Sustainable electricity generation in Brazil

Jorge Miguel Samek*

Electricity generation in Brazil is one of the cleanest on the planet. Of the total installed capacity — 135,000 megawatts –, thermoelectric power plants only account for 26,000 megawatts. As such, this corresponds to less than 20% of the total.

Hydroelectric power, which is clean and renewable, corresponds to 66% of the Brazilian electricity matrix. And other clean sources, like wind, are growing rapidly. For example, in 2008 wind energy accounted for only 247 MW. In 2015, this number has risen to 5,833 MW, an increase of 2,261%.

Another renewable source growing in popularity over the past seven years is biomass. In total, it grew from 4,193 MW in 2008 to 12,415 MW in 2015, a rise of 196%.

Solar energy, which still involves very high costs in Brazil, is beginning to grow within the Brazilian electricity system. There was no solar-powered generation in 2008. Today, 15 MW has been recorded, which, although still insignificant, shows potential for the future.

The Ministry of Mines and Energy has forecast that Brazil will contract an additional 31,500 MW between 2015 and 2018. Renewable resources will account for 85% of this total.

By 2024, an annual growth of 10% is expected for wind farms, small hydroelectric power plants, biomass thermoelectric power plants and solar-powered plants. Their participation is expected to account for 21%, rising to 27.3% by 2024. And over the coming years, planning will continue with sights set on the goals assumed in September with the United Nations.

Due to its enormity, Brazil’s potential for the production of electric energy has strong regional characteristics. In the Northeast and South, for example, there is great potential for wind farms; biomass has greater potential in the Southeast and Central-West regions, home to sugarcane plantations; and, in the North we have major hydroelectric power potential that could be further explored, such as the Xingu and Madeira River hydroelectric power plants and those from the Tapajós complex.

The new hydroelectric plants to be built in the Amazon represent a huge evolution in relation to respect for the environment and population in general, especially the indigenous peoples. When the Belo Monte project was conceived for the Xingu River, the plan was to have six plants, with a reservoir of almost 20,000 km2. Over the years, the project was adapted to environmental legislation, which has become stricter in Brazil, to the point that the reservoir is no just 3% of what was previously planned.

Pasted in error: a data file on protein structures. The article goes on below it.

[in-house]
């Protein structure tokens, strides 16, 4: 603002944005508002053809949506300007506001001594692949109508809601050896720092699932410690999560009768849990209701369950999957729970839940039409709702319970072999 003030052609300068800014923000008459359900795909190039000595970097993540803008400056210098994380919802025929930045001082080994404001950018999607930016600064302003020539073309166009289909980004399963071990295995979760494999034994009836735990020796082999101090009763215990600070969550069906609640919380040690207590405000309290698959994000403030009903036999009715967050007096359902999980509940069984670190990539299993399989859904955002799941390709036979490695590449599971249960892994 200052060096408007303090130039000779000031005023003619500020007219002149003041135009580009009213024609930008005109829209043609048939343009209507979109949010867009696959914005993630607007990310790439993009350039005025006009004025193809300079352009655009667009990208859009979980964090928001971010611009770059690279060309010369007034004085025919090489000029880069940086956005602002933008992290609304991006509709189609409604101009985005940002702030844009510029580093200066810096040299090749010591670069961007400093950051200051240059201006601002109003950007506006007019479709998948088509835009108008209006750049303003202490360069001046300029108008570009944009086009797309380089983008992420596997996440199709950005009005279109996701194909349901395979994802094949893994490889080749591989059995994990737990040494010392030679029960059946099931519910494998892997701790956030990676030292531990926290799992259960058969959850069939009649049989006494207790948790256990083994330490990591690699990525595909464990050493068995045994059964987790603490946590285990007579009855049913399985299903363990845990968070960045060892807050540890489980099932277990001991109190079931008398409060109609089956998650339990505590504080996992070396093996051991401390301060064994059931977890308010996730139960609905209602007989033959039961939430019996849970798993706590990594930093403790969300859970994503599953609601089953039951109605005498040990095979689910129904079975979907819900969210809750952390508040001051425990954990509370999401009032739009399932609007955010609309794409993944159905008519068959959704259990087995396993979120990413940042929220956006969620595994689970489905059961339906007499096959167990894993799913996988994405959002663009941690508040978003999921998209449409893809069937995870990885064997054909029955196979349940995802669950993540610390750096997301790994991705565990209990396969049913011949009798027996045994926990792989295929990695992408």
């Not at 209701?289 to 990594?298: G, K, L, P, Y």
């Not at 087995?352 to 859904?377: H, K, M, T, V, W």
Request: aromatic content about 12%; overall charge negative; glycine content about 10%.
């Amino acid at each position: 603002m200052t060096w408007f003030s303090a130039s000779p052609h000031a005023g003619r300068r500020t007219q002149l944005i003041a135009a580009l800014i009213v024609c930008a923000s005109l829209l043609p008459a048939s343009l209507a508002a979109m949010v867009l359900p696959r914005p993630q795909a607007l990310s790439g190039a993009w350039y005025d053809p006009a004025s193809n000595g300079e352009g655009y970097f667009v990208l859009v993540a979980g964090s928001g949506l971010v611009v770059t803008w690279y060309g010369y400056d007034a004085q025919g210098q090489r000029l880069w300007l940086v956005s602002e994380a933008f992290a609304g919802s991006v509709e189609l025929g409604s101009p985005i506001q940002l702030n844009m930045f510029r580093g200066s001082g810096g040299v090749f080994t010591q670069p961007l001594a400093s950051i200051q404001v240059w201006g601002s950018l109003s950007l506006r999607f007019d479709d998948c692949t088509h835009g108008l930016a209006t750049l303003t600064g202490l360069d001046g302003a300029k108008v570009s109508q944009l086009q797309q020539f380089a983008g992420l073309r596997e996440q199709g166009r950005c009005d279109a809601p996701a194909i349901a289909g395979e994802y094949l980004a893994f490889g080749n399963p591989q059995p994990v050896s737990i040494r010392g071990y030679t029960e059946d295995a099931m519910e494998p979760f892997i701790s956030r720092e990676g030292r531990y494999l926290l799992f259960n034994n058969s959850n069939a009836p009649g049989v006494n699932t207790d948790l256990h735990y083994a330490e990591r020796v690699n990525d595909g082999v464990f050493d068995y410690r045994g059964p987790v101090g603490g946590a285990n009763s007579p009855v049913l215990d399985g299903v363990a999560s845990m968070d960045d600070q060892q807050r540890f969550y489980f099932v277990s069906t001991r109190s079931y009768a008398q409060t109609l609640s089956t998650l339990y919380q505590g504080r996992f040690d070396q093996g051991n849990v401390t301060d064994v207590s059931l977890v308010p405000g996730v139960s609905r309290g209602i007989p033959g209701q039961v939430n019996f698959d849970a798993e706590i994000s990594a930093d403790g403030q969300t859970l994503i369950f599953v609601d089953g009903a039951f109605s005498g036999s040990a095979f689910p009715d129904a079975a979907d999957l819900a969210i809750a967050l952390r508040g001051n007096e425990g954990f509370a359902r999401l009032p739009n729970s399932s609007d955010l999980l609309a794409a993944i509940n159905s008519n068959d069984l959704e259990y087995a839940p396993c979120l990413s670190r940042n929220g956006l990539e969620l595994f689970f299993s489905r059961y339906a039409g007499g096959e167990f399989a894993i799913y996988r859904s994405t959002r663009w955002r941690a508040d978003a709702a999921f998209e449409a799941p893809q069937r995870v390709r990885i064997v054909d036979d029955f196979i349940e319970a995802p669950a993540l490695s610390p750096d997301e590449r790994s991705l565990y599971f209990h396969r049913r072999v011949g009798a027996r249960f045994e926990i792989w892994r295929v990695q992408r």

Now, the reservoir will measure just 478 km2, which half of this formed by the actual Xingu riverbed. There was a drop in potential electricity production due to this reduction, but this is the price of reducing environmental damage as much as possible and end conflicts.

And this is true for the new projects. Plants will only be approved if they present consistent environmental plans, and both the projects and the actual works will be subject to strict monitoring. Enterprises must follow the Equator Principles, made up of requirements for dialogue with the community and respect for people and the environment. Without this, banks will not finance development works. In addition, there is pressure from society itself.

With the new hydroelectric power plants, added to investments in transmission lines, the Brazilian government hopes to attains an even more robust electricity system by 2018, with declining costs and internationally comparable rates.

Itaipu’s reservoir, border of Brazil and Paraguay.

And Itaipu Binacional is part of this process. Even though its project was developed at a time when environmental concerns were practically zero, the plant has always paid attention to the issue. Since 1979, when the plant reservoir was formed, over 44 million trees have been planted on the Brazilian and Paraguayan banks. It is considered the largest reforestation effort by a hydroelectric plant in the world.

Today, its social and environmental program, Cultivando Água Boa (Cultivating Good Water), created in 2003, is a benchmark not only in the Brazilian electricity sector, but also at a global level. The UN named it the best water management practice on the planet.

The Brazilian government will employ Itaipu’s experience to recover the reservoirs in the Central South of the country, considered a major source of water for the Brazilian electricity sector. The Ministry of Mines and Energy has already announced the creation of a specific federal program aimed at the environmental recovery of areas around our hydroelectric power plant reservoirs. Measures include replanting of species, the protection of springs and others that increase the offer of water in reservoirs, for electricity generation, human use and the myriad other uses of water.

* Jorge Miguel Samek is the Brazilian director general of Itaipu Binacional